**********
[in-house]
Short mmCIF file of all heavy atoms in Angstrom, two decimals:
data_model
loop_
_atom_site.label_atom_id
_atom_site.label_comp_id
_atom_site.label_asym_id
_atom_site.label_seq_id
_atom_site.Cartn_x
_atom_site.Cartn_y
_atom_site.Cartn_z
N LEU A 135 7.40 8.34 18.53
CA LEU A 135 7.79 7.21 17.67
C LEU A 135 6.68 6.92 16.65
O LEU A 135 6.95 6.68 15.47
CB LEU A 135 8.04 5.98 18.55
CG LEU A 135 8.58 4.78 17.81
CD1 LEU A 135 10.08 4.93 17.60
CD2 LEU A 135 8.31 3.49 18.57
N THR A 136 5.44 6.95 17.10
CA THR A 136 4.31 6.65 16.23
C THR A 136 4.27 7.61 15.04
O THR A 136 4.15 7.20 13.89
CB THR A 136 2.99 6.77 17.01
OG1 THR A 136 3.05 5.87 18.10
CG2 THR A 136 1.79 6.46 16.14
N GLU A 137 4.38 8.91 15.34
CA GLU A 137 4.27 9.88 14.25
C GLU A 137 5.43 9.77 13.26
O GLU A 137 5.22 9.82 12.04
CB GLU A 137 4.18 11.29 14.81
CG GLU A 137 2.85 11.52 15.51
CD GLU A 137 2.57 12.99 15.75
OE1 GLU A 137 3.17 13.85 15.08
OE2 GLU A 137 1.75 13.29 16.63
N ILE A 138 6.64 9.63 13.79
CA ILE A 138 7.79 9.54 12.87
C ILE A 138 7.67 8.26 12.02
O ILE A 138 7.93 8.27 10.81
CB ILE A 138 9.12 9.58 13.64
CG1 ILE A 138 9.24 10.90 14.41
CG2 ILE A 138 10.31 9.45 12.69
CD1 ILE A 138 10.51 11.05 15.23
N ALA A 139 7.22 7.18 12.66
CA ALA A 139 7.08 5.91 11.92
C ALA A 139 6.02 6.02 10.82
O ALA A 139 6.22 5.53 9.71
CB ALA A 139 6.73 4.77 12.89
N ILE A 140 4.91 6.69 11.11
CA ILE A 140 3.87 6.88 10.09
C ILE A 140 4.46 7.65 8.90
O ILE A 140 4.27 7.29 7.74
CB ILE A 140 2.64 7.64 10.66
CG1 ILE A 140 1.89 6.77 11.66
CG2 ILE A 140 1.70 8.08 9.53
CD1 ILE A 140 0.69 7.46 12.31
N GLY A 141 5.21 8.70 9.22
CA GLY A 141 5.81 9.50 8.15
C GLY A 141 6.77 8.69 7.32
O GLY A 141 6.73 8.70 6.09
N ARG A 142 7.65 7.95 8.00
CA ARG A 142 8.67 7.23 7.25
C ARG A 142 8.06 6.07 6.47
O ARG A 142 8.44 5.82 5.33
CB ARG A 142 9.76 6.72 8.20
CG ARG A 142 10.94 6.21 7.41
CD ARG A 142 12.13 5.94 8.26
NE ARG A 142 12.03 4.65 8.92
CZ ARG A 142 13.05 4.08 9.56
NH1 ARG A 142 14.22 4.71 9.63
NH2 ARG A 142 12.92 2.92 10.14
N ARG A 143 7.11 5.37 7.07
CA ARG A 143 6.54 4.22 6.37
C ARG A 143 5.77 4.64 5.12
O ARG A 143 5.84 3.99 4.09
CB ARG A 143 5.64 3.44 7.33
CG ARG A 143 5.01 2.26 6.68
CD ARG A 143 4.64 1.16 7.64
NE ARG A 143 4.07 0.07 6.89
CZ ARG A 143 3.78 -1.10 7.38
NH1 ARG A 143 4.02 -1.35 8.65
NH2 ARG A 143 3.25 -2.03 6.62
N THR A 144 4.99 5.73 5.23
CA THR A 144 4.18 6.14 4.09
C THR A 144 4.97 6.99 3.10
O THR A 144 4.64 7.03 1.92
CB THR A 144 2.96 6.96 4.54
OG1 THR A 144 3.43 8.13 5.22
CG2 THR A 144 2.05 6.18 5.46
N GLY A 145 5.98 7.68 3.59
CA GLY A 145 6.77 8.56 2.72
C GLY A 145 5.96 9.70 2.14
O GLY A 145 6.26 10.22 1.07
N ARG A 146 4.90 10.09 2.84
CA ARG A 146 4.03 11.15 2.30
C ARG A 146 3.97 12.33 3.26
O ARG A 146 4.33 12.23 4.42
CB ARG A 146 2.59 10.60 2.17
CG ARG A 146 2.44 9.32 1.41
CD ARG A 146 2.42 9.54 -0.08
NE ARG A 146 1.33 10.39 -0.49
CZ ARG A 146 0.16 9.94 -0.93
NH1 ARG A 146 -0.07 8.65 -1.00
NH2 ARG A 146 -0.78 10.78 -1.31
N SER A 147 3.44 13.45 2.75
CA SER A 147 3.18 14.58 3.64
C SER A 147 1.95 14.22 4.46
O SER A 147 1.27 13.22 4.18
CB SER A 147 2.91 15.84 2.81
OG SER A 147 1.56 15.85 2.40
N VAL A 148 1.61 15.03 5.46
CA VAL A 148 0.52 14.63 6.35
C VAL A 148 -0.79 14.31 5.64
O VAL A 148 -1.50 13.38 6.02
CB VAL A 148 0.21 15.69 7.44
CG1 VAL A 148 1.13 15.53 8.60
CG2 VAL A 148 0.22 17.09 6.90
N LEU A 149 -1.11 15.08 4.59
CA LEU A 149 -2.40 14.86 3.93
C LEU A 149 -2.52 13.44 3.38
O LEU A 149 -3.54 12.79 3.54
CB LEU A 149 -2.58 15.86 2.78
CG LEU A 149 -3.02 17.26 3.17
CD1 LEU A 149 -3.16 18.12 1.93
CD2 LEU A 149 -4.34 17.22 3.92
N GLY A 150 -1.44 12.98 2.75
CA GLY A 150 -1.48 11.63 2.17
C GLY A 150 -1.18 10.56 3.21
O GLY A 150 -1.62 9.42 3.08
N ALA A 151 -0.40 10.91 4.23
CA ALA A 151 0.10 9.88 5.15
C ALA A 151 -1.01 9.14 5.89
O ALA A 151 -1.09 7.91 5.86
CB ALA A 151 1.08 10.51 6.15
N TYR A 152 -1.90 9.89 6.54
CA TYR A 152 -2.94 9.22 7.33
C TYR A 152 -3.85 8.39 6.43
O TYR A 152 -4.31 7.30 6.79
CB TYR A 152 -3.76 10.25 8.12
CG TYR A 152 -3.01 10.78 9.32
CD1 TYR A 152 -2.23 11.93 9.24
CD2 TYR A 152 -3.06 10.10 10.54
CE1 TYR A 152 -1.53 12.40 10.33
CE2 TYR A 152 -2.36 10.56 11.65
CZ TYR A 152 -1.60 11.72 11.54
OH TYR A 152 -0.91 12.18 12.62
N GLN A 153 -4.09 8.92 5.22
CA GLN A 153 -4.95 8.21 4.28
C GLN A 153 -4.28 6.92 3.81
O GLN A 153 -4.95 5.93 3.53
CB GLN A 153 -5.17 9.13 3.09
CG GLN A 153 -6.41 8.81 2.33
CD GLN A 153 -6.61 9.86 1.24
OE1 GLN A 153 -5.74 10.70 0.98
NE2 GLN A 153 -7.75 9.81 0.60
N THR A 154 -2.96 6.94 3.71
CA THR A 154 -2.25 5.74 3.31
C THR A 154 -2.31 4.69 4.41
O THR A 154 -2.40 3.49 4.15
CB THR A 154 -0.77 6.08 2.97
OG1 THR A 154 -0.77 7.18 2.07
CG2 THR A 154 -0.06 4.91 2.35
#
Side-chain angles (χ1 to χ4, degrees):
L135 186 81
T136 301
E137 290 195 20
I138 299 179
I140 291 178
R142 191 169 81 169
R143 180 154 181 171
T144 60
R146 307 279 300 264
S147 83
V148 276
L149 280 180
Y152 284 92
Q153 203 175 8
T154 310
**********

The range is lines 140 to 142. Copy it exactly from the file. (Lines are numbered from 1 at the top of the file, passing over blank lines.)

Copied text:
CG TYR A 152 -3.01 10.78 9.32
CD1 TYR A 152 -2.23 11.93 9.24
CD2 TYR A 152 -3.06 10.10 10.54